Sneezing? Runny nose? Itchy eyes? Spring is the time of year for allergic rhinitis, also known as hay fever. This is caused by an allergic reaction to pollen floating through the air. The common understanding is that this is caused by a disorder in the immune system.
According to Chinese medicine practitioner Bing Tian from Canberra: “It's caused by the weakness of ‘defense qi,’ which is defense energy.” There is a remarkable similarity in these two understandings if the function of defense qi in Chinese medicine can be likened to the function of the immune system.
Ms. Tian explained in an interview with The Epoch Times that there are different kinds of qi. In treating hay fever, a Chinese medicine practitioner will tonify the defense qi with herbal medicine and unblock the nose through acupuncture.
Ms. Tian also explained what causes defense qi to be lower in the first place. She said: “Firstly, it's improper diet because … the [source] of energy comes from nutrition.” This can be understood in the same way that power is needed to operate anything. “Just like power, our power is from the food we eat—and sleeping.”
Chinese medicine understands that different foods have different “temperatures,” which is different from the understanding of nutritional content in Western medicine. Foods may range from hot to cold to neutral. Different foods have different effects on the body, depending on their “temperature.”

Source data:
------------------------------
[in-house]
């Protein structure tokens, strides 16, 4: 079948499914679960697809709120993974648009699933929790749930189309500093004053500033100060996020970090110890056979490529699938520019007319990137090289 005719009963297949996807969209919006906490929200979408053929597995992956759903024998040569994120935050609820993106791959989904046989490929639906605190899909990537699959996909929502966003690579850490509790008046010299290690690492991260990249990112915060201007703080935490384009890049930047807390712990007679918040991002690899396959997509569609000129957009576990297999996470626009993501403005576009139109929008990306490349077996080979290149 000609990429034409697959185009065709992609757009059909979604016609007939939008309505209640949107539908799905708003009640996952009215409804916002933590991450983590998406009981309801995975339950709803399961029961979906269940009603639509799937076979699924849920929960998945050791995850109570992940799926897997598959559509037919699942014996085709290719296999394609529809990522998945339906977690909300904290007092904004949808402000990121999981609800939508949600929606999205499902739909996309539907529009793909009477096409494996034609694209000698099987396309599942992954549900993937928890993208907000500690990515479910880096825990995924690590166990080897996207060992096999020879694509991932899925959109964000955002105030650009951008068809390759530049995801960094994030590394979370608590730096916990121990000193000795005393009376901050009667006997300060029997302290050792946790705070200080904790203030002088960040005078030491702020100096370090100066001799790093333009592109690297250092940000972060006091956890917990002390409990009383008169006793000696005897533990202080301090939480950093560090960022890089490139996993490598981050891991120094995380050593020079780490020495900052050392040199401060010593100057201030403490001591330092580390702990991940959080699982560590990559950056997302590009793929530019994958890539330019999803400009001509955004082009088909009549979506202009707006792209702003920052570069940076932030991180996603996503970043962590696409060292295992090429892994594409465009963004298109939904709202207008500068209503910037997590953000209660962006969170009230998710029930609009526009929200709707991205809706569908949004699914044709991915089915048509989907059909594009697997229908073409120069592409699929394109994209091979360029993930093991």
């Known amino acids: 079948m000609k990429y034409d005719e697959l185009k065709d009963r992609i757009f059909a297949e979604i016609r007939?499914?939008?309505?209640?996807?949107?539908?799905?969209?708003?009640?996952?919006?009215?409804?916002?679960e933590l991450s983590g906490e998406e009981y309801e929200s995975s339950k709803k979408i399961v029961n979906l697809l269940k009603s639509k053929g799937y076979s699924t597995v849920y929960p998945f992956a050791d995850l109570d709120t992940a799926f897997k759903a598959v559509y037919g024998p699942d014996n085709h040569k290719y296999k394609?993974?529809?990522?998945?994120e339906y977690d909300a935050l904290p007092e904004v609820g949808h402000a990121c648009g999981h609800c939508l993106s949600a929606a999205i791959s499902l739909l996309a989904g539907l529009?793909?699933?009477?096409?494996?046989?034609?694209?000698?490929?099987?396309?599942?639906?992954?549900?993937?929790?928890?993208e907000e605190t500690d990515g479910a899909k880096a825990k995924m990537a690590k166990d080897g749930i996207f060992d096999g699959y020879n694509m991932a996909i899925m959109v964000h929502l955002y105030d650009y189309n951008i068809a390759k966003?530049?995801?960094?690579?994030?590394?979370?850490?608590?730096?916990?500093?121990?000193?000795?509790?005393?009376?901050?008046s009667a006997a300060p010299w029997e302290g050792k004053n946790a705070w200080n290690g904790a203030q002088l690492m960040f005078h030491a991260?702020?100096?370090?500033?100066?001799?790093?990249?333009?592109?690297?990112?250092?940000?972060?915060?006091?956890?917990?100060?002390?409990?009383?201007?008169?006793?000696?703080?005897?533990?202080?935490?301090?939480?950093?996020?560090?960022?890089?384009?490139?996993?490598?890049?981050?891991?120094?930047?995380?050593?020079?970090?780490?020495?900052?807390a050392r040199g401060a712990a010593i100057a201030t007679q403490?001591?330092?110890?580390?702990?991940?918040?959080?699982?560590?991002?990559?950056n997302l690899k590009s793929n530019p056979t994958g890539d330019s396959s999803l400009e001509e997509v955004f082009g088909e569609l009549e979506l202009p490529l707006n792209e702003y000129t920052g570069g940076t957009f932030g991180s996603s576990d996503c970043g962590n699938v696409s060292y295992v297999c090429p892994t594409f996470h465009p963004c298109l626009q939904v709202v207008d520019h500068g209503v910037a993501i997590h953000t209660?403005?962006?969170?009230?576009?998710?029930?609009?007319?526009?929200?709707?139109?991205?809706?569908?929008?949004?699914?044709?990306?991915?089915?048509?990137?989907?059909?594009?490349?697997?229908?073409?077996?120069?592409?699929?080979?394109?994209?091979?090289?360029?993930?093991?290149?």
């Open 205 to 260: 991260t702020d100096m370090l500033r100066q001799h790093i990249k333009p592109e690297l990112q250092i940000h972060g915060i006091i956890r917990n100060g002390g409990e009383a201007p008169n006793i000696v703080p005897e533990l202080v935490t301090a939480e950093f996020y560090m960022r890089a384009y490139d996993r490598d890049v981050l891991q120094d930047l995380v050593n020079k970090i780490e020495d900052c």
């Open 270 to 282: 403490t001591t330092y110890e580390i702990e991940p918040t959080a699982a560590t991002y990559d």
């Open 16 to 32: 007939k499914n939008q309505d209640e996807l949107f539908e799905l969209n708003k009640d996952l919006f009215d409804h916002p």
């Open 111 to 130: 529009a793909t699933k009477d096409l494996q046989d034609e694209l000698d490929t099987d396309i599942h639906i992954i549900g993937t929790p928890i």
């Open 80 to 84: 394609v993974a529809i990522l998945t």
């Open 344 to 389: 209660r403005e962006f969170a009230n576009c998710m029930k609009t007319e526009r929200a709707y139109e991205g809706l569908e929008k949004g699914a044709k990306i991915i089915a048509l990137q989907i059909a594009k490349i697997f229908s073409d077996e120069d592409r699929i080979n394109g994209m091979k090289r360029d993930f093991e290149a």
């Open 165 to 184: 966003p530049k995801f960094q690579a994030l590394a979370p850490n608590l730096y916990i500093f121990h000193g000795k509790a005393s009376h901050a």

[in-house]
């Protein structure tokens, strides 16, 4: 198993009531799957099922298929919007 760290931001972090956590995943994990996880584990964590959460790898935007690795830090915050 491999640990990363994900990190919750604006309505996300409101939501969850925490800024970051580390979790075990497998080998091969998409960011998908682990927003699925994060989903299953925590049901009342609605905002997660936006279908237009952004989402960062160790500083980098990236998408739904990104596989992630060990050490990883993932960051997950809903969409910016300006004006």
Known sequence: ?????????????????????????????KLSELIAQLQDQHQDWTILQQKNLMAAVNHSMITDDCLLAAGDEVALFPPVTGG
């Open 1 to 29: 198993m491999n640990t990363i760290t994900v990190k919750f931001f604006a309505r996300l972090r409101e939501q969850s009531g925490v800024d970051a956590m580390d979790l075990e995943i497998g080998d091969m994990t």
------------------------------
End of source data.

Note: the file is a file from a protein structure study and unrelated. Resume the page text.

The idea is to restore balance to the body. Thus, if an ailment is said to be “cold,” such as a cough or runny nose, “warmer” foods should be taken, such as ginger and shallot soup. Conversely, if an ailment is “hot,” such as a dry, sore throat and sweating, “cooler” food should be taken, such as a banana, cucumber, and tofu.
Impaired digestion can also lower defense qi. Ms. Tian explained that people with malabsorption problems would find that their energy is lower because poor absorption of food means that food cannot be broken down adequately to provide energy.
Lack of physical exercise may also diminish defense qi, according to Ms. Tian. Treatments are tailored to the patients, who are diagnosed by recording “the symptoms, and every detail we need to know, including the sweating conditions or energy level, tiredness or digestive function.”
Herbs are thus prescribed according to multiple factors. Ms. Tian explained that there are hundreds of different kinds of herbs, and any one prescription may be a combination of up to 10 different kinds.
Chinese herbal medicines, including bupleurum, Chinese skullcap, ginger, licorice, and ginseng, have a history of use in China and Japan for the treatment of hay fever. Other products may contain magnolia derivatives.
Chinese herbal remedies have been used to combat hay fever and other allergies for centuries. Studies on the efficacy of herbal and acupuncture treatments of Chinese medicine in treating hay fever have been published in medical journals. This field has not been widely explored, but there is evidence of the efficacy of traditional Chinese medical treatment of hay fever.
A German study published in the journal Allergy found that hay fever sufferers who received weekly acupuncture treatments and took three daily doses of Chinese medicinal herbs showed fewer symptoms and were less likely to say their hay fever was infringing on their daily activities than people who received placebo treatment.
After six weeks, it was found that 85 percent of patients showed overall improvements in their hay fever, compared with only 40 percent of the placebo group.
Ms. Tian says, “Clients usually tend to see the difference, sometimes after one session, sometimes after a week.”
Please consult your physician before starting treatment for any condition.
Please do not take herbs for long periods of time because doing so may produce symptoms from taking the herbs themselves.
Dr. Benjamin Kong from Sweden and Dr. Xiu Zhou from Germany are the principal editors of the China Research Group.